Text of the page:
Million-barrel oil sale by Iran ends in failure

Iran's sales flop is a blow to its hopes of circumventing renewed US oil sanctions, which begin on Nov. 4.  (Reuters file photo)
Updated 29 October 2018
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Million-barrel oil sale by Iran ends in failure

  • Tehran's offer of a million barrels of oil to private buyers on the Iranian energy index attracted limited bids of $16 below the base price as trading began
  • A plan unveiled by Ayatollah Ali Khamenei for Iran to be a world leader in science, technology and innovation by 2065 has been greeted with widespread ridicule

JEDDAH: An attempt by Iran on Sunday to counter new US sanctions on its crucial oil trade ended in failure.

Tehran offered a million barrels of oil to private buyers on IRENEX, the Iranian energy index, at an initial base price of $79.16 per barrel.

The offer attracted limited bids of $16 below the base price as trading began. A final buyer emerged after the price was dropped to $74.85 per barrel in the closing hours — and for only 280,000 of the million barrels on offer.

Iran refused to disclose the identity of the buyer, and said only that a conglomerate of private companies had made the purchase through three brokerages.

The sales flop is a blow to Iran’s hopes of circumventing renewed US oil sanctions, which begin on Nov. 4. They follow US President Donald Trump’s withdrawal in May from the 2015 agreement to curb Iran’s nuclear program.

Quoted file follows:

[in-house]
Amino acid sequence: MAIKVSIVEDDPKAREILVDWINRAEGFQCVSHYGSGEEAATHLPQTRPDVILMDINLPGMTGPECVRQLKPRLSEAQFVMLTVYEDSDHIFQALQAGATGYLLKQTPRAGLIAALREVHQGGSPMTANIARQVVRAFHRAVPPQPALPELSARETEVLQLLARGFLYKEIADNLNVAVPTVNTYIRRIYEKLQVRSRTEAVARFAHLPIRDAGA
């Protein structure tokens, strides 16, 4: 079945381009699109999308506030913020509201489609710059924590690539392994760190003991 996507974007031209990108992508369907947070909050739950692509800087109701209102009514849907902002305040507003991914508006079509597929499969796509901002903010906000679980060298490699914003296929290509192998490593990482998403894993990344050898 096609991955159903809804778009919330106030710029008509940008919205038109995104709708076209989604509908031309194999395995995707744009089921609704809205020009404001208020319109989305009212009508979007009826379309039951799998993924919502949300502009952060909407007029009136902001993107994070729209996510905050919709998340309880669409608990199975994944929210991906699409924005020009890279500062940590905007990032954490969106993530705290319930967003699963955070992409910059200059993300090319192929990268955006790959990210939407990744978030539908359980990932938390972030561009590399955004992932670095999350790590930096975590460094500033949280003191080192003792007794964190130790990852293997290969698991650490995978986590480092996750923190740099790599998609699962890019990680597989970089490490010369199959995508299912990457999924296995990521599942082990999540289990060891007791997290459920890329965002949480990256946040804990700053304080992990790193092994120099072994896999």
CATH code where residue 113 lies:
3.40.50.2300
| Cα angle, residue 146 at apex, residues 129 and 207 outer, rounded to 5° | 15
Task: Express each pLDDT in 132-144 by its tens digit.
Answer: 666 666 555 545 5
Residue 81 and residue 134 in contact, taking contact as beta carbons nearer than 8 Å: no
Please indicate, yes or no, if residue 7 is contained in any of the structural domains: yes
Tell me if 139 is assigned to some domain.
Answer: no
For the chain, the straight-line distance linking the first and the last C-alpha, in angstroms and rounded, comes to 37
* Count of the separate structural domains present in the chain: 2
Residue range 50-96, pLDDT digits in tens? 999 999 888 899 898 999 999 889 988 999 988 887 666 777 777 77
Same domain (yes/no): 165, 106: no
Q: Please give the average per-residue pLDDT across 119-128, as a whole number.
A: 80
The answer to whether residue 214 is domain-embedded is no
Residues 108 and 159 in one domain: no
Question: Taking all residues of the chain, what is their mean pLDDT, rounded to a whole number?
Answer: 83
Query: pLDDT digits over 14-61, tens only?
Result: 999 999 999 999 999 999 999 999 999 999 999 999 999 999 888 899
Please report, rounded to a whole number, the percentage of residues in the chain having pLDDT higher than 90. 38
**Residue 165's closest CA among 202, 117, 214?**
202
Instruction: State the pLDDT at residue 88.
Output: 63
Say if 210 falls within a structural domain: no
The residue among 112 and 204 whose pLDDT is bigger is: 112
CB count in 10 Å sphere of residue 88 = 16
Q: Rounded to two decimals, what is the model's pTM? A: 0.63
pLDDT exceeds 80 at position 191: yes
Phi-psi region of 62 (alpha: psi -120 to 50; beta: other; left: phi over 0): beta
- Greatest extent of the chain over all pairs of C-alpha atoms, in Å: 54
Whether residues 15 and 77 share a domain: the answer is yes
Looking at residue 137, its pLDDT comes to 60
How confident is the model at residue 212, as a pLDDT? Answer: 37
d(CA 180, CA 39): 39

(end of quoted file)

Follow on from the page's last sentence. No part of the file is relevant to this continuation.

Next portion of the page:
The plan to sell oil on the energy exchange once a week was proposed in July by vice president Eshaq Jahangiri to “defeat America’s efforts ... to stop Iran’s oil exports.” Tehran hopes selling to private buyers will make it harder for the US to monitor and stop its sales.

“With the imminent return of a new wave of sanctions, the government is determined to utilize the maneuvering ability of the private sector to sell Iran’s oil and find new markets,” said Hamidreza Salehi, director of Iran’s energy exports federation.

Iran’s oil exports are estimated to have dropped by a third since May.

 

Utopian future

Meanwhile, a plan unveiled by supreme leader Ayatollah Ali Khamenei for Iran to be a world leader in science, technology and innovation by 2065 has been greeted with widespread ridicule.

The plan promises the elimination of poverty and corruption, with the Iranian economy among the world’s top 10. “The environment, natural resources, clean water, energy, and food safety will be no problem anywhere in the country and everyone will equally benefit from these resources. New resources will be discovered, and a surplus of opportunities will be created that leaves no one empty handed,” the plan says.

Khamenei “went public with the plan when the country is in the throes of a severe economic, social, political and environmental crisis — a situation many regard as being so dire that it is an extreme challenge to even predict what the next year will look like,” Ali Ranjipour, an analyst with the BBC Persian service, told the US-based Iran News Wire. 

“This is a utopian future with no link to reality, a fantasy scenario bolstered by nostalgia.”